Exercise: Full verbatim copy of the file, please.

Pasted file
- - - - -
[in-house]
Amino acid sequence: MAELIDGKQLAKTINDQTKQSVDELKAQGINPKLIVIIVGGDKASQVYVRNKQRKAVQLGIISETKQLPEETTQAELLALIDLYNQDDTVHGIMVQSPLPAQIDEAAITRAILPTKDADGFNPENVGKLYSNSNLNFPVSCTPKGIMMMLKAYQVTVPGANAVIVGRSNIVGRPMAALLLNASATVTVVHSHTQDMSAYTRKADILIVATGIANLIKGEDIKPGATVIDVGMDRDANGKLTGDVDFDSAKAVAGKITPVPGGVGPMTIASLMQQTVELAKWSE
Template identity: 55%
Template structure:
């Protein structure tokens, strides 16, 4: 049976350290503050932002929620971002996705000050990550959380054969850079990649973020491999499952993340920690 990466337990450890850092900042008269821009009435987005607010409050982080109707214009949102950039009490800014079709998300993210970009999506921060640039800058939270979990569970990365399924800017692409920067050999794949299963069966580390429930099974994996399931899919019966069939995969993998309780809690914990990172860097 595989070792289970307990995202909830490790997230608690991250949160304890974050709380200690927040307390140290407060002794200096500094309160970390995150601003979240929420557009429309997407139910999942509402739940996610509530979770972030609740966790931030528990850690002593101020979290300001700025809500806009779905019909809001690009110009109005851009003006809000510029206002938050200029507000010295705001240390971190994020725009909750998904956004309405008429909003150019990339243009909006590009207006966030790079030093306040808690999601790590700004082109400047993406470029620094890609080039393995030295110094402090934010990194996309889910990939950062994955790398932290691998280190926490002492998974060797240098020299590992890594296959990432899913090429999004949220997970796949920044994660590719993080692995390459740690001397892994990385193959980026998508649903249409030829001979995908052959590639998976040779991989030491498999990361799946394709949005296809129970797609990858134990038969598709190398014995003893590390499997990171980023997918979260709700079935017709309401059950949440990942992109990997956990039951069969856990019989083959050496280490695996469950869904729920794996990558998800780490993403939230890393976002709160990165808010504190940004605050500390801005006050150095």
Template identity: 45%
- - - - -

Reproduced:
[in-house]
Amino acid sequence: MAELIDGKQLAKTINDQTKQSVDELKAQGINPKLIVIIVGGDKASQVYVRNKQRKAVQLGIISETKQLPEETTQAELLALIDLYNQDDTVHGIMVQSPLPAQIDEAAITRAILPTKDADGFNPENVGKLYSNSNLNFPVSCTPKGIMMMLKAYQVTVPGANAVIVGRSNIVGRPMAALLLNASATVTVVHSHTQDMSAYTRKADILIVATGIANLIKGEDIKPGATVIDVGMDRDANGKLTGDVDFDSAKAVAGKITPVPGGVGPMTIASLMQQTVELAKWSE
Template identity: 55%
Template structure:
């Protein structure tokens, strides 16, 4: 049976350290503050932002929620971002996705000050990550959380054969850079990649973020491999499952993340920690 990466337990450890850092900042008269821009009435987005607010409050982080109707214009949102950039009490800014079709998300993210970009999506921060640039800058939270979990569970990365399924800017692409920067050999794949299963069966580390429930099974994996399931899919019966069939995969993998309780809690914990990172860097 595989070792289970307990995202909830490790997230608690991250949160304890974050709380200690927040307390140290407060002794200096500094309160970390995150601003979240929420557009429309997407139910999942509402739940996610509530979770972030609740966790931030528990850690002593101020979290300001700025809500806009779905019909809001690009110009109005851009003006809000510029206002938050200029507000010295705001240390971190994020725009909750998904956004309405008429909003150019990339243009909006590009207006966030790079030093306040808690999601790590700004082109400047993406470029620094890609080039393995030295110094402090934010990194996309889910990939950062994955790398932290691998280190926490002492998974060797240098020299590992890594296959990432899913090429999004949220997970796949920044994660590719993080692995390459740690001397892994990385193959980026998508649903249409030829001979995908052959590639998976040779991989030491498999990361799946394709949005296809129970797609990858134990038969598709190398014995003893590390499997990171980023997918979260709700079935017709309401059950949440990942992109990997956990039951069969856990019989083959050496280490695996469950869904729920794996990558998800780490993403939230890393976002709160990165808010504190940004605050500390801005006050150095």
Template identity: 45%